London Play (the charity for play in the capital) commissioned children’s illustrator Josie Firmin to design a stunning map highlighting 20 adventurous play places across the city. The reverse has details about each location including information on transport, local cafes, baby-changing areas etc. All locations are accessible and free to enter.
All proceeds will go towards London Play’s work to create free play opportunities in parts of the capital where they are most urgently needed. A growing number of London children live in poverty, have bad health predictions and do not have access to a garden or a park. Their work is targeted at these children. Your purchase will directly benefit them. High-res

London Play (the charity for play in the capital) commissioned children’s illustrator Josie Firmin to design a stunning map highlighting 20 adventurous play places across the city. The reverse has details about each location including information on transport, local cafes, baby-changing areas etc. All locations are accessible and free to enter.

All proceeds will go towards London Play’s work to create free play opportunities in parts of the capital where they are most urgently needed. A growing number of London children live in poverty, have bad health predictions and do not have access to a garden or a park. Their work is targeted at these children. Your purchase will directly benefit them.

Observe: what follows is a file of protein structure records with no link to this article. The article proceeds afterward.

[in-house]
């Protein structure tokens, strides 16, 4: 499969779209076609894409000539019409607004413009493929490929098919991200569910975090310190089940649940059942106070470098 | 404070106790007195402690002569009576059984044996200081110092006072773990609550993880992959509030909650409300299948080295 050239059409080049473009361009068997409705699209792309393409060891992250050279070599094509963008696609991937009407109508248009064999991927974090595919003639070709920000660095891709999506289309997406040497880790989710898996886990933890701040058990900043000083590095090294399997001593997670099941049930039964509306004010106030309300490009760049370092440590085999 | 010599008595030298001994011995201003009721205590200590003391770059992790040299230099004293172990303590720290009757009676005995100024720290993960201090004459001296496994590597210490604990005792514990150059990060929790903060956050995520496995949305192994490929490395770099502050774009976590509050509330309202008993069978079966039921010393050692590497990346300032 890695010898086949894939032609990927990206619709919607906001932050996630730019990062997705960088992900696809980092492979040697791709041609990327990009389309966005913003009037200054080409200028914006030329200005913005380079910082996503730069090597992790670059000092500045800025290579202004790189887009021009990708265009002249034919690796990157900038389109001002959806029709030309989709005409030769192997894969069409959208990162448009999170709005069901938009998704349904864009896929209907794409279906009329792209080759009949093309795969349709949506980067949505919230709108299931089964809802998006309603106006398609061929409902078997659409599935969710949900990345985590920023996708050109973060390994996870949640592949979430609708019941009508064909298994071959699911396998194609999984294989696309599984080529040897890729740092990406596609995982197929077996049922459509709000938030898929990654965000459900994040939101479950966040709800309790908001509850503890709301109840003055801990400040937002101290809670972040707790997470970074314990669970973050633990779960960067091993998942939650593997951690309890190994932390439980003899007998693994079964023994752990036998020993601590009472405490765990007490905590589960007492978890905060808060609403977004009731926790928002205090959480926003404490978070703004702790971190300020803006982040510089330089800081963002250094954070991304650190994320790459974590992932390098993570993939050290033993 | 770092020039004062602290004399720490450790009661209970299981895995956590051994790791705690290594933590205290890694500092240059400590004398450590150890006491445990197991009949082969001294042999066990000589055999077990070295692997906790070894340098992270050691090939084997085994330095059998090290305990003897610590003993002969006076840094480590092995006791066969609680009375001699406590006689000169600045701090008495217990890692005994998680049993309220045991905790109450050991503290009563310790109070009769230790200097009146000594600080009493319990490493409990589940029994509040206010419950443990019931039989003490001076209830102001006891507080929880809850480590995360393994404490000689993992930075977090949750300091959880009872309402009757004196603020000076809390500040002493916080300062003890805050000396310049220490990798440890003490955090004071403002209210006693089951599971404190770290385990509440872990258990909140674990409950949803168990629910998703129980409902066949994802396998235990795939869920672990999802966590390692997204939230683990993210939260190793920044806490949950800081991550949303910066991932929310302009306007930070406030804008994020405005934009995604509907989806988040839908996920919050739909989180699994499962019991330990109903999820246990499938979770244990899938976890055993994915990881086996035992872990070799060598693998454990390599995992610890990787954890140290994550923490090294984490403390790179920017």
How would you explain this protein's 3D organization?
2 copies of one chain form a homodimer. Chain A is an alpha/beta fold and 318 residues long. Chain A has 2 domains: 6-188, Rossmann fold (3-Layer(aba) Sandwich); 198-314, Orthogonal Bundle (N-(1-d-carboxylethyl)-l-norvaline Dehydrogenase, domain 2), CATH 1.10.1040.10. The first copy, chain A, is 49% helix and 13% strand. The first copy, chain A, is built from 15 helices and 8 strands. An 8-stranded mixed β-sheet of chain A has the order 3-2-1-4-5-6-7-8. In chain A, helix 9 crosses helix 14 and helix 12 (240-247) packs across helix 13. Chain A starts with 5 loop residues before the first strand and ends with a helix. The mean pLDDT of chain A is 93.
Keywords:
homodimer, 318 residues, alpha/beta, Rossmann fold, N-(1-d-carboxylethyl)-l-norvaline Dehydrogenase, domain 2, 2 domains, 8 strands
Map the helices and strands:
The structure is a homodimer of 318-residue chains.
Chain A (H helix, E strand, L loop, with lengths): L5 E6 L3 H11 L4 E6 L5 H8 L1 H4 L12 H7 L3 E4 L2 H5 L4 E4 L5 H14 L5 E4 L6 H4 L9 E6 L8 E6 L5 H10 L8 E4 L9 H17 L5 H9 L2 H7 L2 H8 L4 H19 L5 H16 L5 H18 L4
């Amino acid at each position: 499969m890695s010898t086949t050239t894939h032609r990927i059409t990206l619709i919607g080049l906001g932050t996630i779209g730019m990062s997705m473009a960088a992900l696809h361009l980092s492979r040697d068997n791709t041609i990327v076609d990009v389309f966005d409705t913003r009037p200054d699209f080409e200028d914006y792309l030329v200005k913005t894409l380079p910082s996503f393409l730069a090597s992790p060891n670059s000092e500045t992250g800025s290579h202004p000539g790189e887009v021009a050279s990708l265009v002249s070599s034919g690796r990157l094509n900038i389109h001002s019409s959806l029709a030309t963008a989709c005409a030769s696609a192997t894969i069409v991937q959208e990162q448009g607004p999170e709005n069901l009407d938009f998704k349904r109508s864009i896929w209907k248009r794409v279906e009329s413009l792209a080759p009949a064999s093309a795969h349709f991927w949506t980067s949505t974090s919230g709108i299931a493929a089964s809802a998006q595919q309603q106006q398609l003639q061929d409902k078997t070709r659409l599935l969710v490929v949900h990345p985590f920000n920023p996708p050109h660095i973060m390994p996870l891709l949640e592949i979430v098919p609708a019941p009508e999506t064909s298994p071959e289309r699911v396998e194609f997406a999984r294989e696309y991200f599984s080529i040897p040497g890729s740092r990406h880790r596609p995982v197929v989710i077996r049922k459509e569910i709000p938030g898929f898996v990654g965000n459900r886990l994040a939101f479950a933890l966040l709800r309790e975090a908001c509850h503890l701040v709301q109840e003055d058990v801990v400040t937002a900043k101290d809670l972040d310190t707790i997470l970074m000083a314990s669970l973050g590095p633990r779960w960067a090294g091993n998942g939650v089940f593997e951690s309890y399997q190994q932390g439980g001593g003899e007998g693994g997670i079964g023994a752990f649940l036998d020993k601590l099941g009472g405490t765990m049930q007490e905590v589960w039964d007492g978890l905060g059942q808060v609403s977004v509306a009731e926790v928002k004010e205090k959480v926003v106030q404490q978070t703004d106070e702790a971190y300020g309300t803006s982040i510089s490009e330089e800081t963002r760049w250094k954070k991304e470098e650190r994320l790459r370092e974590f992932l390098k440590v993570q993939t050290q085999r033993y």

Toddler Time

Toddler Time at the Stratford East Picture House is especially designed to introduce children to the big screen, featuring 30-minute shows for pre-school children and their parents / carers.

Admission is just £3 per child, accompanying adults free, when they become members of Toddler Time (free to join - please ask at the Box Office or call 0871 902 5747). Otherwise the usual adult matinee and child prices apply. Toddler Time is free for babies under one year old. No adult unaccompanied by a toddler will be admitted.

Wiggly Jigglers

The timing is no good for us but this may of course change…

A reminder that the very popular Wiggly Jigglers at RichMix in Shoreditch runs it’s next class on Monday 10 March from 1pm til 3pm. Free for Tower residents on production of proof of residency such as a library card.